Last week, I attended the funeral of my friend Betty. We had an intimate connection through church and participated in a retreat together several years ago. Betty was a devoted wife, mother, and R.N. Generally speaking, she lived a pretty good life. However, her health had deteriorated after a stroke.
Attending the funeral mass really got me thinking about life and death. We all know we will die someday, but we don’t know when. Without getting too morbid or philosophical, let’s focus on a tangible financial question related to the circle of life:
How do you live life to the fullest now, yet simultaneously save for the future?
Maybe some examples will help. Let’s suppose you get the sudden urge to travel to Fiji. The adventurous, live-life-for-the-moment part of you says “let’s buy the plane ticket”, while the practical, level-headed side says “let’s plan for a trip like this.” We each have a money personality, or a natural propensity to save or spend.
If your natural tendency is to spend, do you buy the plane ticket right now? NO.
If your natural tendency is to save, do you dream about the Fiji trip but never take it? NO.
I propose a hybrid solution: plan for the trip. Research how much it costs and how long you want to stay. Decide on a specific dollar amount you need to take the trip, and figure out how much you’ll need to save each month to meet the goal. If it costs $10,000 to fund the trip and you can only save $100 a month, you’ll be waiting a long time to take that trip. Either figure out a way to cut the costs … perhaps going to a destination within the US you haven’t travelled before or getting a “side hustle” to set aside extra money for Fiji.
Here’s another real life example. My good friend from high school (let’s call him Dan) lost his dad suddenly to a heart attack. Dan’s parents were divorced at the time, and Dan was an only child. So for a 20-something year-old, he inherited quite a bit of money. Such a tragic event in Dan’s life spurred him to appreciate his own life, so he wanted to travel around the world for a year. Did he start the voyage soon after the funeral? No. Instead, he turned to me in a time of need and asked for financial guidance. I said, “If you’re going to quit your job, you need to have a plan for paying the bills while taking this amazing adventure.”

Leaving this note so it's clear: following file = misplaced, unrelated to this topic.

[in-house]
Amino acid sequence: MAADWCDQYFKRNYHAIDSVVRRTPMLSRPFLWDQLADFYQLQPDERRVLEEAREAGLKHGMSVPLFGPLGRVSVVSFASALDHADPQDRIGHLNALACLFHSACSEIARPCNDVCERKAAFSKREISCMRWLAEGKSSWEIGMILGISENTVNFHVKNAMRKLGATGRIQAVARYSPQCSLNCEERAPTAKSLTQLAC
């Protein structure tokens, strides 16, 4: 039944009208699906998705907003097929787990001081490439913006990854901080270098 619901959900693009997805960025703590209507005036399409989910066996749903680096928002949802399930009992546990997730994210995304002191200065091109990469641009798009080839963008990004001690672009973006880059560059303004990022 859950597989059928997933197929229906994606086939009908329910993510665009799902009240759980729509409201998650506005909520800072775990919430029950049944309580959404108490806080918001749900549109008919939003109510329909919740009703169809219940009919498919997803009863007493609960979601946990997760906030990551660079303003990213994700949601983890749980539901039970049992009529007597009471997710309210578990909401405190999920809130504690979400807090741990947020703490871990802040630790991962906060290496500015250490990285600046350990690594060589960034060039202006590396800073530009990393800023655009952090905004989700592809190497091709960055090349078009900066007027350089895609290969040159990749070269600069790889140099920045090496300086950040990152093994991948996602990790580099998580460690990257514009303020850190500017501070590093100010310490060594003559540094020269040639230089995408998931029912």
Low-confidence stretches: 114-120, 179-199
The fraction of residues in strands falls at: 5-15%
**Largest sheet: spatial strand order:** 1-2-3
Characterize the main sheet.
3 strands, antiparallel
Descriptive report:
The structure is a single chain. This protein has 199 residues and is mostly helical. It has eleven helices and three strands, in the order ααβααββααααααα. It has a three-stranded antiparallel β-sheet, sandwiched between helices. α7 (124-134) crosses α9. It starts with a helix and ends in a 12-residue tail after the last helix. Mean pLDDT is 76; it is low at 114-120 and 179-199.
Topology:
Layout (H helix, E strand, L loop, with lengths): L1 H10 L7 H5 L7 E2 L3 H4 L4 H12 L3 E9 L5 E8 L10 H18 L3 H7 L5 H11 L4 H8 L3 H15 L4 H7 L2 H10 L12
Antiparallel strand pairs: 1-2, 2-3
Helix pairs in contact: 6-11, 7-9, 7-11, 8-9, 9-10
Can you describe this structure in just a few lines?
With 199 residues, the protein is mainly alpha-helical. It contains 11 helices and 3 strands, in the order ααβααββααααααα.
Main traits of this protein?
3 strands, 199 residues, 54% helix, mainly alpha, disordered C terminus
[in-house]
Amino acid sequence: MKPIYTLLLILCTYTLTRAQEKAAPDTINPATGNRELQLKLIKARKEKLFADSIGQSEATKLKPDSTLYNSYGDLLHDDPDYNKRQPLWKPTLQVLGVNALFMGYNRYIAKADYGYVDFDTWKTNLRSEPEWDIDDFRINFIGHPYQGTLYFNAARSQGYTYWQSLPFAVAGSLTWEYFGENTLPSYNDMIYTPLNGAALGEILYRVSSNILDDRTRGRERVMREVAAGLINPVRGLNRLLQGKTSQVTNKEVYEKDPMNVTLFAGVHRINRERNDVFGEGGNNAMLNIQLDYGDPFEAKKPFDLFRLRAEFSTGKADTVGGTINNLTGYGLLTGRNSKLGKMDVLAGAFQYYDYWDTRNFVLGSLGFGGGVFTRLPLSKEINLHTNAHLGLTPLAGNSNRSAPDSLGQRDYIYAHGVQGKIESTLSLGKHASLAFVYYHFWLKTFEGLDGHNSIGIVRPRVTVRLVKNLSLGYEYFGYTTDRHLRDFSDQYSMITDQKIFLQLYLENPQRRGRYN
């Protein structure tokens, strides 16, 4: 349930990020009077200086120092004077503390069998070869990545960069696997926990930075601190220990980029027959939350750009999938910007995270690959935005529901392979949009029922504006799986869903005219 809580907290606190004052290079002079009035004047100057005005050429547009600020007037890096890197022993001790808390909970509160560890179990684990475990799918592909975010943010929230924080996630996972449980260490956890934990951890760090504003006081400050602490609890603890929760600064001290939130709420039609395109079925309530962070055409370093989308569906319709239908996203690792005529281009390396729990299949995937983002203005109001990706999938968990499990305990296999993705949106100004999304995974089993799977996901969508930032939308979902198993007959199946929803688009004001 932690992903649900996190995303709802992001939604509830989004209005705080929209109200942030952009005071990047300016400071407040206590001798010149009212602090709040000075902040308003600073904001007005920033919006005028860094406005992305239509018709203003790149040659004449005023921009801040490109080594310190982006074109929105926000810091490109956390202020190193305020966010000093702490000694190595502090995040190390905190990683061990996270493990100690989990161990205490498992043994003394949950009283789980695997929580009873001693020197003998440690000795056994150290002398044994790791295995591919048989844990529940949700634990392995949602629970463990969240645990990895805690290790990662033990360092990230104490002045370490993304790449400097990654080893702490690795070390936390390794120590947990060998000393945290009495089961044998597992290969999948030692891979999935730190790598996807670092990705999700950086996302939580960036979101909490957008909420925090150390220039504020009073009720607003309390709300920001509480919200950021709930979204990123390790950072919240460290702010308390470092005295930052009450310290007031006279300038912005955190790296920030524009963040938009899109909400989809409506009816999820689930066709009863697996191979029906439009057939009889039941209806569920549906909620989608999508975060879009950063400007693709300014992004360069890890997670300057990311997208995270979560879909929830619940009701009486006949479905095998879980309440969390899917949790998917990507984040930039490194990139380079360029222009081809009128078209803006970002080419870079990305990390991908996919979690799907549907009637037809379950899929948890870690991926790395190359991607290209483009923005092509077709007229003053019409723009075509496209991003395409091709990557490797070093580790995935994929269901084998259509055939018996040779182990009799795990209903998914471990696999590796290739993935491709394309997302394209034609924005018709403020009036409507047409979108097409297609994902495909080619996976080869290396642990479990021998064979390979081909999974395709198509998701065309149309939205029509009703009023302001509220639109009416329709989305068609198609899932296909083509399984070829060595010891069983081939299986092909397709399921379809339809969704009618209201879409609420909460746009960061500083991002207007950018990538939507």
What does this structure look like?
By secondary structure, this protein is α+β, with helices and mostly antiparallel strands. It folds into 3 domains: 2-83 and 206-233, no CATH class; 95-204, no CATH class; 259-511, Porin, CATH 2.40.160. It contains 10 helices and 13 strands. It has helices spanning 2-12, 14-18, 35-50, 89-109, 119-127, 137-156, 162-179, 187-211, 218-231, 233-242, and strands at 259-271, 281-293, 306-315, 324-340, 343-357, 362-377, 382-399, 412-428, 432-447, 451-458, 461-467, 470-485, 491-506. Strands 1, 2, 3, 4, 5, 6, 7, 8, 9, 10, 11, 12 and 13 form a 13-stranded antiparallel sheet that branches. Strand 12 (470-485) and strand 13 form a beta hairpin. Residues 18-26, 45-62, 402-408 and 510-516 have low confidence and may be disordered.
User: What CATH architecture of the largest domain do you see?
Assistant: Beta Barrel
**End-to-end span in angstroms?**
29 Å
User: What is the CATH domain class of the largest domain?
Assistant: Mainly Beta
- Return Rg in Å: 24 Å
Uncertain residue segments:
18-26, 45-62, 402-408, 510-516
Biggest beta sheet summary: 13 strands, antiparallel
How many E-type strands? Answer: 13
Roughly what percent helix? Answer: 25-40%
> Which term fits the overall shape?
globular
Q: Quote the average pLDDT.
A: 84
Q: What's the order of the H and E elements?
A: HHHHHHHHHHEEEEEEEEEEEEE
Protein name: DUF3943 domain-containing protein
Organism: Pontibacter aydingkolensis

Dan was disciplined: he took my advice and budgeted for the trip. In fact, he did so well with budgeting (and investment selections) that he and his girlfriend easily paid for the trip. Dan returned to the US with the same level of his original inheritance! He was able to go on a real African safari, backpack across Europe and South America, and propose marriage at the Great Wall of China.
With proper planning and discipline, dreams truly may become reality.
Your dreams are different than mine. Regardless of the goal, follow these simple steps to transform an aspiration into real experience:
- Identify the BIG goal and translate it into a dollar amount.
- Take the big dollar goal, and break it into smaller pieces — monthly or quarterly is typically best. Figure out if this goal is attainable over your desired timeframe.
- If the dollar amount is out of reach, there are three options: 1) increase your income, 2) cut current expenses, or 3) adjust the goal downward to something more realistic.
- Do not compromise. Work towards this goal with fervor and discipline.
- Once you’ve hit the goal, give yourself a big pat on the back. You deserve it!
Obviously, if you’re married, it would be important to include your spouse in these discussions to make sure you’re in agreement. This is one area where couples can struggle. You may work towards one goal, while your spouse is focused on an entirely different goal. Doesn’t it all come back to communication? If you’re looking for more detail in this area of spousal communication, please check out my other article here.
I hope this left you inspired! What is your dream? What steps are you taking to achieve it? Please comment below.
Deb Meyer, CPA, CFP(R)